Froback Friday

Back before I got hip and with it, I thought #fbf stood for Froback Friday, and if we’re being real, I still kind of like that better than Flashback Friday.

ANYWAY. In honor of #fbf (yes, it’s really late, but I still count it as Friday since I haven’t gone to sleep yet!), here’s one of my favorite videos from deep in the WordNerds vaults.

MAN, I love those prompts. And really, I should be writing right now and I am using my blog (and vlog) to procrastinate. Way to shame me, Past Me.

In case you, too are procrastinating right now… Go! Write! You are awesome and talented and the best writer of evarrrr!

Getting Back Into an Old Character’s Voice

It’s always a good idea to give yourself space in between finishing a draft and beginning revisions. That way when you get started, you can look at it with completely fresh eyes and notice problems you might otherwise gloss over because you’re in the end-of-draft-honeymoon-phase. For lots of people that kind of wait is as little as a few days or a week. Because it’s not infrequently that I take a few days off in the actual drafting phase, I tend to take a month or two away from an MS before tackling revisions.

I’m doing some pretty drastic revisions on the novel that I’m querying based on feedback I got from some agents, and it’s been a long time since I seriously looked at this book. Probably five or six months.

It can be hard to get back into the mindset of a character that you’ve been distanced from. Here’s a few things that I’m doing to help, though. Maybe they’ll work for you, too!

  1. Read through the manuscript–even if you just skim it, it’s amazing how much this part alone can help. Even though a lot of times revisions can be daunting, I always leave a read through feeling stoked to get started, because I notice the parts that I really loved about the book. My favorite lines, plot points, and characters fuel me and help me get back into that mindset.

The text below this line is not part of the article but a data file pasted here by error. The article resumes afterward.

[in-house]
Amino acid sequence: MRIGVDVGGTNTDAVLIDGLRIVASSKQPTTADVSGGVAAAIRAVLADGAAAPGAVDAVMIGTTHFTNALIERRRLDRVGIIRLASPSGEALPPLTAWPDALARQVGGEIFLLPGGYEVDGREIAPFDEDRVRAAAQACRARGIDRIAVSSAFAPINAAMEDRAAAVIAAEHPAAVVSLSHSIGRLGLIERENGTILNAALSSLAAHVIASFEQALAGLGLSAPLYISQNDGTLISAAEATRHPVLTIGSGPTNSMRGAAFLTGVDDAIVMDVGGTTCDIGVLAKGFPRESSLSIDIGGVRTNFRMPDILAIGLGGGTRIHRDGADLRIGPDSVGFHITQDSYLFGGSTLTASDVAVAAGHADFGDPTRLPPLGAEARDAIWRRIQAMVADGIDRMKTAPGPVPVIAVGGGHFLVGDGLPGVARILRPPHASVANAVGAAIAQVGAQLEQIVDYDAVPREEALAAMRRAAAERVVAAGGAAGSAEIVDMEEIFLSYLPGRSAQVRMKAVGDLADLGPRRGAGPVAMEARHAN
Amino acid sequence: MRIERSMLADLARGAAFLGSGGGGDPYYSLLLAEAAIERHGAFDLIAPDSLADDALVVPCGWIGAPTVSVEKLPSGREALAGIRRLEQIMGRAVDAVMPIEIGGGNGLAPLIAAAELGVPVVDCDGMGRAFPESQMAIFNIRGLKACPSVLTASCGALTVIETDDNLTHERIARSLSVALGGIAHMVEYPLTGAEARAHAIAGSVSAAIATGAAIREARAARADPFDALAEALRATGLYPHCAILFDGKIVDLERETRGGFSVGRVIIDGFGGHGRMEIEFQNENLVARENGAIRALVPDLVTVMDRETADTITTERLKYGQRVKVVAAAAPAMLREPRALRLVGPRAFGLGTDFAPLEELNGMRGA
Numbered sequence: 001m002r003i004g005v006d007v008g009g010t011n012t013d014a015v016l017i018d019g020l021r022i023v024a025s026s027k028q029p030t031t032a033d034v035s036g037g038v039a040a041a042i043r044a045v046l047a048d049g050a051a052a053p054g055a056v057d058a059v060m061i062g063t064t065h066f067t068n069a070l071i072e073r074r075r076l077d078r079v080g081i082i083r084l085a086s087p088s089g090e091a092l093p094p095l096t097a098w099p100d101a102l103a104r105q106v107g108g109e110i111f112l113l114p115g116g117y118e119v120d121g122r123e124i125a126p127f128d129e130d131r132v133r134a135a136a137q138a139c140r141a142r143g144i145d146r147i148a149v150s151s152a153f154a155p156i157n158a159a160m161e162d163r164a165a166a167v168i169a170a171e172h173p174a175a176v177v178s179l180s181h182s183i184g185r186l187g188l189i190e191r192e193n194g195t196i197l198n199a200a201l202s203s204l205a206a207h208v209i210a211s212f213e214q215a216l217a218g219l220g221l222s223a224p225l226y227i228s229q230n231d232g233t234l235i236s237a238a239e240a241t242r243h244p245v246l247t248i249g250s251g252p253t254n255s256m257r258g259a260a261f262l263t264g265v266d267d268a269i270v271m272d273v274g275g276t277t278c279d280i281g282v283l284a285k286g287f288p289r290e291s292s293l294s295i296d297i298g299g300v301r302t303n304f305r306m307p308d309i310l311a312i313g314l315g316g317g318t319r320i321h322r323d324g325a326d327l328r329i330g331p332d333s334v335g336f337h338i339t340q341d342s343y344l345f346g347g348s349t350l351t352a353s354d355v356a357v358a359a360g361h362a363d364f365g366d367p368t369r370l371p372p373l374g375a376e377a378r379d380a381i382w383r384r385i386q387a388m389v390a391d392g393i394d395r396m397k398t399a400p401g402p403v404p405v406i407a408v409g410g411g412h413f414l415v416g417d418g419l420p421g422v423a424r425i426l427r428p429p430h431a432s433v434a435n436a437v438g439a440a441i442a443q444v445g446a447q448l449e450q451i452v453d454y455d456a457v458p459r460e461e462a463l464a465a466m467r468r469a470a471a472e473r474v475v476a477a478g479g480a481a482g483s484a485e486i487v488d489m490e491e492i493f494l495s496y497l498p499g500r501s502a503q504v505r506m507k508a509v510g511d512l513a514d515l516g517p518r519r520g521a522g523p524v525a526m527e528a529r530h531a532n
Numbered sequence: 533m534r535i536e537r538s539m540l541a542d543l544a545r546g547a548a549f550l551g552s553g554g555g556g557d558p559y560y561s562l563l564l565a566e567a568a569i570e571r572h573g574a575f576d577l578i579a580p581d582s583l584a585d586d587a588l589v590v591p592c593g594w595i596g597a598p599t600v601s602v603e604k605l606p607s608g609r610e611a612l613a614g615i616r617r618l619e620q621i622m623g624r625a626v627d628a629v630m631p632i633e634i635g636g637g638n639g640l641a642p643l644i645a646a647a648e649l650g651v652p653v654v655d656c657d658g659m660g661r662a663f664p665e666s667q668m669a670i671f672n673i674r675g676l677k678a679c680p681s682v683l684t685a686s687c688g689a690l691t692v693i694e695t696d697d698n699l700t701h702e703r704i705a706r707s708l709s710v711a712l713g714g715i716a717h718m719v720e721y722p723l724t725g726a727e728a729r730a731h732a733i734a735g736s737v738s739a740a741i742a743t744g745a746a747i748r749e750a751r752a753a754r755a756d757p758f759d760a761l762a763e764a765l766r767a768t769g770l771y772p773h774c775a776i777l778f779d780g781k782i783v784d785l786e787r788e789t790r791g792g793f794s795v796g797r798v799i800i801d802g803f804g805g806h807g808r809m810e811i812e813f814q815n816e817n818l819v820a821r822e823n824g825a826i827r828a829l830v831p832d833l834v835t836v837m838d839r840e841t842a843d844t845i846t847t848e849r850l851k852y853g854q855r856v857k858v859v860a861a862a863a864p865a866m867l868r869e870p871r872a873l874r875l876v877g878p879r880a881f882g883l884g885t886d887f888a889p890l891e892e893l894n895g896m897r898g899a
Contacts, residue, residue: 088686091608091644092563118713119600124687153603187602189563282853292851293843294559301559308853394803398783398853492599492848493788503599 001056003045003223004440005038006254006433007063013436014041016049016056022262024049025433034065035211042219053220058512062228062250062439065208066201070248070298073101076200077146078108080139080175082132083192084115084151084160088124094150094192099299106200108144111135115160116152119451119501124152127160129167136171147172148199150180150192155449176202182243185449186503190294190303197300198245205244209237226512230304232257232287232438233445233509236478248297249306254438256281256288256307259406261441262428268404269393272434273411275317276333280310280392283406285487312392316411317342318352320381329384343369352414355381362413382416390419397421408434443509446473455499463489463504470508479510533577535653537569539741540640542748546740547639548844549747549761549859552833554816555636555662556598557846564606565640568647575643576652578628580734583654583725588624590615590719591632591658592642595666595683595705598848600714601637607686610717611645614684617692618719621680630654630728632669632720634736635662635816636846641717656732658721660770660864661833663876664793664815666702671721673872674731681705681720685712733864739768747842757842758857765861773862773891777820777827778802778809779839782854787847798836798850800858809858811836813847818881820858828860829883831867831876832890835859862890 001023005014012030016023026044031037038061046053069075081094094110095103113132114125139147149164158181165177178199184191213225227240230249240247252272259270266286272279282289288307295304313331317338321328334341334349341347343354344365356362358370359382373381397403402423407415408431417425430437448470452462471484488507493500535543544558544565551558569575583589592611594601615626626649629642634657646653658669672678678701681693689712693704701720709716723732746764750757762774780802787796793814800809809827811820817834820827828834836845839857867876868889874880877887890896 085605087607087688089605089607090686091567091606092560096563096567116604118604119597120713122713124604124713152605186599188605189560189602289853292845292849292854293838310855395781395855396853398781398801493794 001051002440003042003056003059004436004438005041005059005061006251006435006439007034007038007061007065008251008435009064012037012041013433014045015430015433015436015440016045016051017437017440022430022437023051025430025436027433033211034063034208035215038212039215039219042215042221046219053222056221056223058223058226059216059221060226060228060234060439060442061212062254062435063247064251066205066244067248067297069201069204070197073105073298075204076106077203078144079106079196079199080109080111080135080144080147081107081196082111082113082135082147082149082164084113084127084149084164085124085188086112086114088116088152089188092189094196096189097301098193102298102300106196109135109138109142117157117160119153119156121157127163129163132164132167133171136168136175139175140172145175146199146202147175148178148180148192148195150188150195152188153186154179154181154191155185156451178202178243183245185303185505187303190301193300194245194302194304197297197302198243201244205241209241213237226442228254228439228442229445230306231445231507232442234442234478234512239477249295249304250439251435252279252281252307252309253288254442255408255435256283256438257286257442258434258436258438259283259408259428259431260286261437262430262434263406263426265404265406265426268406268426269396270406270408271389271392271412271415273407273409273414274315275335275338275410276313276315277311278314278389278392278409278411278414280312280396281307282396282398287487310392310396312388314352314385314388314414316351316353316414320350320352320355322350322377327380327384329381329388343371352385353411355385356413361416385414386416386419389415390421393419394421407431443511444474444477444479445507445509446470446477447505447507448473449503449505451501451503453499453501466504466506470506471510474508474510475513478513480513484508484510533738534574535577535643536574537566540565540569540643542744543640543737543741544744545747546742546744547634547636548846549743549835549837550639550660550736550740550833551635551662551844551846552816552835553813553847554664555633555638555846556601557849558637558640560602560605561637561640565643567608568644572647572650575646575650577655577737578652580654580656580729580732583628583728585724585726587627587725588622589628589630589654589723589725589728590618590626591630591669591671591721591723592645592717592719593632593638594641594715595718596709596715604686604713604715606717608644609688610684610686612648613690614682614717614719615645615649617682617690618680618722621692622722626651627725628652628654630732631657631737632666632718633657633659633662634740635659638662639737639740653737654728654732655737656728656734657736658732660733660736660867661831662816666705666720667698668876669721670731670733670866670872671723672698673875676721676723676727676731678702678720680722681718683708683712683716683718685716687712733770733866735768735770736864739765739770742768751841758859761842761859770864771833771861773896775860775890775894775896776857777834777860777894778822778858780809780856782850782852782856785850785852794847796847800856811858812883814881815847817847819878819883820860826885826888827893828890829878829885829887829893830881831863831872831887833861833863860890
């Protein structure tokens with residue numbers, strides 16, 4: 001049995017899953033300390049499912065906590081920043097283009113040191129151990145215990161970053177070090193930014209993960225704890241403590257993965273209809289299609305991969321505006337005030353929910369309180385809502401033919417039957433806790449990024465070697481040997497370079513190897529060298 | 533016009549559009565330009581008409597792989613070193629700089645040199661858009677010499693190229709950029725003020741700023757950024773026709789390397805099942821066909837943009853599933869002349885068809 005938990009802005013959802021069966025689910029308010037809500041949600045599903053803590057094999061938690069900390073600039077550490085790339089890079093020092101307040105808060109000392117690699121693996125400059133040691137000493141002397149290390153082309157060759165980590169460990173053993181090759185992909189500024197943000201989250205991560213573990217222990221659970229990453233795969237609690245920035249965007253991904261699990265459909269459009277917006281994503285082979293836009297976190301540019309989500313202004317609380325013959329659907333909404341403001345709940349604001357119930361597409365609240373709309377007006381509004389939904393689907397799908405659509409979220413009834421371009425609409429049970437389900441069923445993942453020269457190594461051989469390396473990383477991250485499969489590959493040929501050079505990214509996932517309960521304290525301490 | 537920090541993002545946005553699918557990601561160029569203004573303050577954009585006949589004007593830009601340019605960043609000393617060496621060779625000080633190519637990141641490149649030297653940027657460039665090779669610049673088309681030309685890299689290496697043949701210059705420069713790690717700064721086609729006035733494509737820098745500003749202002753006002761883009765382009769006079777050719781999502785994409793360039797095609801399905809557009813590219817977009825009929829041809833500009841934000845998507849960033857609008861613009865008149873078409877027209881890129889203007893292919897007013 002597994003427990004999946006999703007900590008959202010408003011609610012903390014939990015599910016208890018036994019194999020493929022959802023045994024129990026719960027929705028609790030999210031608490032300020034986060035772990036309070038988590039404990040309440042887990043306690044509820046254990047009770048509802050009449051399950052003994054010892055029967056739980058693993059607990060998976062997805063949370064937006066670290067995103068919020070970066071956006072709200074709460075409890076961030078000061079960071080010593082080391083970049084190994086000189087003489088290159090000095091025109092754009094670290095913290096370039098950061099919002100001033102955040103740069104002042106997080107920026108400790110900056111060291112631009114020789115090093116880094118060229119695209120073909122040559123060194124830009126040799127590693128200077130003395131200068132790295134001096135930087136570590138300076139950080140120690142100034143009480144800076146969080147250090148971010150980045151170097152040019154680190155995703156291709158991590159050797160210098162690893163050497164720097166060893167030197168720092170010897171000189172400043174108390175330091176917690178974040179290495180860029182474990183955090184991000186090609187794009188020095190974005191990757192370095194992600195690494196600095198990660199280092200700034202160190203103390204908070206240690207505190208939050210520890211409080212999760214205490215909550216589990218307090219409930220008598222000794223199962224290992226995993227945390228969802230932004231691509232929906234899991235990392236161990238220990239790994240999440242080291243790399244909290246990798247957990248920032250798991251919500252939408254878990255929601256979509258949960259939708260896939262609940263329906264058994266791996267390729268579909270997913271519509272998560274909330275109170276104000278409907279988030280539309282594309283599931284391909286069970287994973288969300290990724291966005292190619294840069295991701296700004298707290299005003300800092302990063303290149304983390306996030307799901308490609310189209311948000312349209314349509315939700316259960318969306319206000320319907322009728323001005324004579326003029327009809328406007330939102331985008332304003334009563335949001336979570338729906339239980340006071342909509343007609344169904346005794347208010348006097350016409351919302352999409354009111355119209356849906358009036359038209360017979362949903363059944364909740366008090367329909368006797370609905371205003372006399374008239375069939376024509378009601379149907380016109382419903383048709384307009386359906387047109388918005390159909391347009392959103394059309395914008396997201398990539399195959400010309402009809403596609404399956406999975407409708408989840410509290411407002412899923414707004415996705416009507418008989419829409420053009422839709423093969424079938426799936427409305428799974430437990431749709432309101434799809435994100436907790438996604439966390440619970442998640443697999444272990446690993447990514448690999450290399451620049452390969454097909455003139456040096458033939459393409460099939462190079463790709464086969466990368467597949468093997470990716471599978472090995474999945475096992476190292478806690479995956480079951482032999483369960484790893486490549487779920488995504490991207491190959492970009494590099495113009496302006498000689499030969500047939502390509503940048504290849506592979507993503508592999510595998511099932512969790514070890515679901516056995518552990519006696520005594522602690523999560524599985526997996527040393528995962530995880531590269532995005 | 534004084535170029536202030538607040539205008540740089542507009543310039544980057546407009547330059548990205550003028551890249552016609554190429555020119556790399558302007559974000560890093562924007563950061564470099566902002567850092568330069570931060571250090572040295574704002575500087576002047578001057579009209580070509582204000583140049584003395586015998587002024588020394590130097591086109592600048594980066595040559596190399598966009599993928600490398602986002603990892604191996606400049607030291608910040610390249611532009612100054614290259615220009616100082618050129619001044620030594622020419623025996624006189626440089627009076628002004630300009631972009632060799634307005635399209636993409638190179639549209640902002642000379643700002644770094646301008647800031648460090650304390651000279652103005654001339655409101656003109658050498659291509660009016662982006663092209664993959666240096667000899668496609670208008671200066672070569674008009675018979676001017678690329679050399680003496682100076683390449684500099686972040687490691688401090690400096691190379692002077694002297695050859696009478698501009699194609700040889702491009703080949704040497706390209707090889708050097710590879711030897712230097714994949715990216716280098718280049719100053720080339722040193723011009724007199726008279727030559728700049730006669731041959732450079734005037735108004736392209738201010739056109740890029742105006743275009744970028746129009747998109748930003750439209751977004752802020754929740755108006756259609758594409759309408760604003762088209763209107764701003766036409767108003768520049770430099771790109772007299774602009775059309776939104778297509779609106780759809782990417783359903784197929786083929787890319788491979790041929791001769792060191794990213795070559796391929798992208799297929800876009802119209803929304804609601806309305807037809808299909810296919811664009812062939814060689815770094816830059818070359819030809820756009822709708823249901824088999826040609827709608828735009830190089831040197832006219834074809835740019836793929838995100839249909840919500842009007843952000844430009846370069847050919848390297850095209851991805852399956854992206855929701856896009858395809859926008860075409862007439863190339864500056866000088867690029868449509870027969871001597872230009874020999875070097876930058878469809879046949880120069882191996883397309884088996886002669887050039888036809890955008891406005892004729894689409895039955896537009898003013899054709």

2. Listen to music you listened to while drafting–this can trigger the same emotions you were feeling when you wrote the book the first time around.
  3. Check out any idea boards you made for the book–I love making a pinterest board for my stories. Even though I don’t fancast my characters so much anymore, the images I pin always get me in a certain mood (usually dark and creepy, or in the case of this MS dark and creepy and colorful).
  4. Research agents you could send your MS to–this one you have to be careful with, because it can be a time suck and make you reeeeeally want to send out your book before it is ready. But having a list of agents who I know are looking for work like mine is so encouraging. It makes me want to get the work done so that I can send out more queries! And that enthusiasm bleeds over to the book itself, resulting in smoother returns to the main character’s voice.
    • Just don’t send out any queries until you are completely finished with revisions! IT IS A TERRIBLE IDEA TO SEND OUT QUERIES BEFORE YOU ARE DONE. Agents can tell. When I read for a literary agency, it was super obvious when people’s novels had been sent out earlier than they should have been. They read like they’re stitched together with duct tape, rather than sewn so cleanly that you can’t see the stitching. And that sucks, because if you send your book too soon, you’ve officially thrown away your shot with those agents. You can’t query them again!

What do you do to get back into the voice of your past characters?